‘Smoke’ (R)By Desson Howe
Washington Post Staff Writer
June 16, 1995
TO USE an inevitable metaphor, "Smoke," set in a Brooklyn cigar store, ultimately dissipates. But before that dispersal (which isn't so far from the end), there's a wonderfully unhurried and precious yarn to savor, about the lure of storytelling, the mysteries of people and the vagaries of fate.
In this collaboration between Paul Auster (who wrote the screenplay) and Wayne Wang (the director), several apparently unrelated story lines gradually become connected over five "chapters." What's appealing are the unfolding surprises, coincidences and developments that create those links.
At the center of everything is Harvey Keitel, a proprietor who has spent 14 years in the same store. A born storyteller and conversationalist, he loves gabbing with customers, selling them good cigars and holding forth from his corner of the world.
William Hurt, a novelist and one of Keitel's regulars, has become blocked following his wife's death in a random shooting. Hurt's narrative creativity—even at the best of times—is more labored than Keitel's. The difference in outlook between these raconteurs—one professional, the other amateur—becomes apparent when Keitel shows Hurt his collection of photographs. When Hurt realizes the pictures have all been taken from the same spot, he flips faster through the album pages.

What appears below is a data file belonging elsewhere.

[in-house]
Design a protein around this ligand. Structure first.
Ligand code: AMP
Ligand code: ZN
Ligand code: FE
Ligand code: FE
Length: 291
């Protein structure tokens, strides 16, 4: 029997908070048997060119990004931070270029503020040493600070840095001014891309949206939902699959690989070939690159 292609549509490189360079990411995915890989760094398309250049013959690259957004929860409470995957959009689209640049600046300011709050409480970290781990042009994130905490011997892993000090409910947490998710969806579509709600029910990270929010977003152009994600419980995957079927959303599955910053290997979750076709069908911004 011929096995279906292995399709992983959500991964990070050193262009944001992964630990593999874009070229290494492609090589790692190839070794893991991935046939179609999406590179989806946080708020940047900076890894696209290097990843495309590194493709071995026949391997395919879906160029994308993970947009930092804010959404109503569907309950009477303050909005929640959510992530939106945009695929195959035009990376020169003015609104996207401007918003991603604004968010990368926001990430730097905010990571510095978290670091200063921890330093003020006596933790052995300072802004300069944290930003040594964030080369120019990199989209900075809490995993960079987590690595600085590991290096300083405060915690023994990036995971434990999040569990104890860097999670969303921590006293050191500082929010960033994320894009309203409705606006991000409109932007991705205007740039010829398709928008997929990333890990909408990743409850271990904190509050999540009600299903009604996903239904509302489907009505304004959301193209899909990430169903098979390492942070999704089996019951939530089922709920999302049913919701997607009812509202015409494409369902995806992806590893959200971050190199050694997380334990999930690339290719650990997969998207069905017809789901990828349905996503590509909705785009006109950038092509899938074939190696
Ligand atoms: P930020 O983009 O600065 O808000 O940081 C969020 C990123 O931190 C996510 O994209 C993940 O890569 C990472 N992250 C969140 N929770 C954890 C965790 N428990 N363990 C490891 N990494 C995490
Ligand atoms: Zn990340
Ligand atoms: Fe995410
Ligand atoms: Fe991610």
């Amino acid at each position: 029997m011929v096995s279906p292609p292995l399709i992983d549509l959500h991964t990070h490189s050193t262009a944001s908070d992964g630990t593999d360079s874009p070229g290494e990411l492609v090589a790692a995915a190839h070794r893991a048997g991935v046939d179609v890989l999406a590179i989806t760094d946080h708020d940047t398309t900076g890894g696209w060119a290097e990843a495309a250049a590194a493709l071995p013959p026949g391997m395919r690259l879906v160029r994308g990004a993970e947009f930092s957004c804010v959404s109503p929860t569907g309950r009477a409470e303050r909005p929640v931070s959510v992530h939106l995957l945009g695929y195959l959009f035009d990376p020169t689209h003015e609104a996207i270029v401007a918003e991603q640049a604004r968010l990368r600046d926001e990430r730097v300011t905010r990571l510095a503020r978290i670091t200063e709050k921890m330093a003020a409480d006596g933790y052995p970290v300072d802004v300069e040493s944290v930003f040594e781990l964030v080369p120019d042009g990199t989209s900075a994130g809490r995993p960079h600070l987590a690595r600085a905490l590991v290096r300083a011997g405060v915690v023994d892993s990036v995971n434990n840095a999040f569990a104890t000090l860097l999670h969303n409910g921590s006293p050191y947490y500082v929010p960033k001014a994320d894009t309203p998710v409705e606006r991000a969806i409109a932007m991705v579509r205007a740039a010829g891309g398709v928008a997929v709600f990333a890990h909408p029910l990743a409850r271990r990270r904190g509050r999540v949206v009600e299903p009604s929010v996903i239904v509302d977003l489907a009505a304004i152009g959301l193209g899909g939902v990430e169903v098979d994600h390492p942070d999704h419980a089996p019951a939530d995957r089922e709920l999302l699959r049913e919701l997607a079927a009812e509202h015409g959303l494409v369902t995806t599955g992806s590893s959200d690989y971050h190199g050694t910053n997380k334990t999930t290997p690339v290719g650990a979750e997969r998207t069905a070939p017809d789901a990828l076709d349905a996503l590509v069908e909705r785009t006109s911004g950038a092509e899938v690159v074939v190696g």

"You'll never get it if you don't slow it down, my friend," says Keitel. Each picture, he points out, was taken at precisely the same time of morning, showing subtle variety—in the people passing in front of the lens, the weather conditions, lighting differences, seasonal hues, and so forth. For Keitel, these photographs are a chronicle of his life. For Hurt, it's just repetition.
One thing leads subtly to another. Hurt, still distraught at his loss, walks into a busy street, only to be snatched from death by a black teenager (Harold Perrineau). In gratitude, Hurt offers the drifting teenager (who claims his name is Rashid) a place to crash. The kid declines. But some days later, after Hurt has almost forgotten him, Perrineau returns, looking for a roof and toting a brown paper bag full of cash.
That stash and Perrineau, who may or may not be a liar (shades of "Six Degrees of Separation"), figure significantly in the grand scheme of things. So do the ensuing sagas, which feature Forest Whitaker as a mechanic trying to escape his past, and Stockard Channing, an old flame of Keitel's, who comes to him with a problem he wishes he didn't have to face.
"Smoke" is also about the mysteries of chance: The seconds that separated Hurt's wife from life (had she left Keitel's store a moment later, she would not have stepped into gunfire) and the seconds that separated Perrineau from death (also in another shootout). Last but not least is Keitel's camera, which has its own history—the concluding and uniting narrative of the whole film. (That particular, fictional anecdote originally appeared in a Christmas column Auster was commissioned to write for the New York Times—which became the impetus for this movie.)
Unfortunately, the easy, involving pace that is the movie's strength, becomes part of its demise. Director Wang, who tends to over-stretch good ideas ("Eat a Bowl of Tea" and "Dim Sum"), repeats his recurring mistake. "Smoke" becomes a little too taken with its own design and loses its momentum and vitality. But even toward the end, its main intention, which is to keep you wondering and entertained purely on the strength of tall tales, fresh characters and subtle mysteries, is always somewhere in the ether. You just have to sniff a little harder to catch the aroma.
SMOKE (R) — Contains sexual situations and profanity.
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